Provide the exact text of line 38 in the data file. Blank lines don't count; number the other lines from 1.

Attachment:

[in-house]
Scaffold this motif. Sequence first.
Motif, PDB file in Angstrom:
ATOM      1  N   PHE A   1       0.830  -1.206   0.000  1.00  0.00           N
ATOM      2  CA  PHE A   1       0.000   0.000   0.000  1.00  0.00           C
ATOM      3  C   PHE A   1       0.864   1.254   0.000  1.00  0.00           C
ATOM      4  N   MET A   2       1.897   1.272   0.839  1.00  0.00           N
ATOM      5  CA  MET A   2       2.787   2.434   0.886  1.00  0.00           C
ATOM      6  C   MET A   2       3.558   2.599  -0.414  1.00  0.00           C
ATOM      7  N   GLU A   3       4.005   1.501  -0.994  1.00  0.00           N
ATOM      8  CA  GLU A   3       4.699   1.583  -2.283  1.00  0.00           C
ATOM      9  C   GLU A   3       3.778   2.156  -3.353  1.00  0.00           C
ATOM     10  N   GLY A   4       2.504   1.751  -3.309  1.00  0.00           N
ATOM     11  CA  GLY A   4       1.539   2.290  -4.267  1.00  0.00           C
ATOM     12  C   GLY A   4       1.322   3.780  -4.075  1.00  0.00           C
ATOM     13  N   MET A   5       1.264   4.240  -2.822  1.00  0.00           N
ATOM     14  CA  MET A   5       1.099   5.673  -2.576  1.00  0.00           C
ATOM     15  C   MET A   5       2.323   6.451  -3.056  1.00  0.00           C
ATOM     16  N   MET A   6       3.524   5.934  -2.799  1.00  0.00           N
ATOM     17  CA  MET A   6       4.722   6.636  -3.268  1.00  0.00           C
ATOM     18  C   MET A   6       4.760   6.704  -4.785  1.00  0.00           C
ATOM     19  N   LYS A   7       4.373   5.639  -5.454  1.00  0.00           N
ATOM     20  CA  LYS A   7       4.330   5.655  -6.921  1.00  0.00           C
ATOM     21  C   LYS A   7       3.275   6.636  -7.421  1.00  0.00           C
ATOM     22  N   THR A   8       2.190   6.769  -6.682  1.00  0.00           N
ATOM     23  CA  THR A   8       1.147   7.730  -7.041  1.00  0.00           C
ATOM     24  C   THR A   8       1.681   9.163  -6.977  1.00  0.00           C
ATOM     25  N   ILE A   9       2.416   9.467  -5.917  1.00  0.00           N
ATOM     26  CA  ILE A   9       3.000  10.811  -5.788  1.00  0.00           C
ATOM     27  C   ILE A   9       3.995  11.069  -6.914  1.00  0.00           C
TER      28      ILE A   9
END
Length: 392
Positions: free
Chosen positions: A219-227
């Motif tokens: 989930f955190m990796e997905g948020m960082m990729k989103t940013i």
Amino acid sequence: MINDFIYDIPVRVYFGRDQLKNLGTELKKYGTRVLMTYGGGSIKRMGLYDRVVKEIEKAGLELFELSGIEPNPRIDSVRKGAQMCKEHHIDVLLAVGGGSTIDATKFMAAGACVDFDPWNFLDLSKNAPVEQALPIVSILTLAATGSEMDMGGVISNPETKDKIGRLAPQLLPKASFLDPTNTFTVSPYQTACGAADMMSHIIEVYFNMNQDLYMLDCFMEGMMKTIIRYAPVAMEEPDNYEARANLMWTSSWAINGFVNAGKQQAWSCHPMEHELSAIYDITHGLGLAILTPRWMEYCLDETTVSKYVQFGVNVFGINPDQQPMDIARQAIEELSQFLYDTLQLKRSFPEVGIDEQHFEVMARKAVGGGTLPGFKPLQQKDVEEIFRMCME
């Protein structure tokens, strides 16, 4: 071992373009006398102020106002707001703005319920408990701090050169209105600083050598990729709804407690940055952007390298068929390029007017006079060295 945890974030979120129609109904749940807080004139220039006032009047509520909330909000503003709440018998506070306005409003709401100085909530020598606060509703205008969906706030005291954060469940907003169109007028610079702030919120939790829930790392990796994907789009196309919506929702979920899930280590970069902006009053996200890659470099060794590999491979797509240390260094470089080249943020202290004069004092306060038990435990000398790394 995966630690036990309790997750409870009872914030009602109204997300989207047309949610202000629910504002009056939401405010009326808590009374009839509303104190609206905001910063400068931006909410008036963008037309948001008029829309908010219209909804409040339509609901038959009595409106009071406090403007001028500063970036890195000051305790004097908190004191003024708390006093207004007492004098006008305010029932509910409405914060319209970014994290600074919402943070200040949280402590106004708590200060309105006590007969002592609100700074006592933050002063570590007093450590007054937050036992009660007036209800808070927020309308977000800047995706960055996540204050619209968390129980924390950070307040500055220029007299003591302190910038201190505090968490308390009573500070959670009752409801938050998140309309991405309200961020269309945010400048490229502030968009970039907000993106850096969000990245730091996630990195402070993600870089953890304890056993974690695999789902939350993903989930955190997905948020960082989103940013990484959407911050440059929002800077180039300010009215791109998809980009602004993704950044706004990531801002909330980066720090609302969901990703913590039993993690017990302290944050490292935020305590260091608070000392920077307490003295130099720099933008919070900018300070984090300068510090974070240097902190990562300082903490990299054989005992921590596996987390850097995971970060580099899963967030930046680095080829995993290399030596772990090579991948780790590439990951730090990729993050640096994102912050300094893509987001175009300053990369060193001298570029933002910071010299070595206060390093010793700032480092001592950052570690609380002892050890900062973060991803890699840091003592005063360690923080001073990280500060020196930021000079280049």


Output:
């Protein structure tokens, strides 16, 4: 071992373009006398102020106002707001703005319920408990701090050169209105600083050598990729709804407690940055952007390298068929390029007017006079060295 945890974030979120129609109904749940807080004139220039006032009047509520909330909000503003709440018998506070306005409003709401100085909530020598606060509703205008969906706030005291954060469940907003169109007028610079702030919120939790829930790392990796994907789009196309919506929702979920899930280590970069902006009053996200890659470099060794590999491979797509240390260094470089080249943020202290004069004092306060038990435990000398790394 995966630690036990309790997750409870009872914030009602109204997300989207047309949610202000629910504002009056939401405010009326808590009374009839509303104190609206905001910063400068931006909410008036963008037309948001008029829309908010219209909804409040339509609901038959009595409106009071406090403007001028500063970036890195000051305790004097908190004191003024708390006093207004007492004098006008305010029932509910409405914060319209970014994290600074919402943070200040949280402590106004708590200060309105006590007969002592609100700074006592933050002063570590007093450590007054937050036992009660007036209800808070927020309308977000800047995706960055996540204050619209968390129980924390950070307040500055220029007299003591302190910038201190505090968490308390009573500070959670009752409801938050998140309309991405309200961020269309945010400048490229502030968009970039907000993106850096969000990245730091996630990195402070993600870089953890304890056993974690695999789902939350993903989930955190997905948020960082989103940013990484959407911050440059929002800077180039300010009215791109998809980009602004993704950044706004990531801002909330980066720090609302969901990703913590039993993690017990302290944050490292935020305590260091608070000392920077307490003295130099720099933008919070900018300070984090300068510090974070240097902190990562300082903490990299054989005992921590596996987390850097995971970060580099899963967030930046680095080829995993290399030596772990090579991948780790590439990951730090990729993050640096994102912050300094893509987001175009300053990369060193001298570029933002910071010299070595206060390093010793700032480092001592950052570690609380002892050890900062973060991803890699840091003592005063360690923080001073990280500060020196930021000079280049």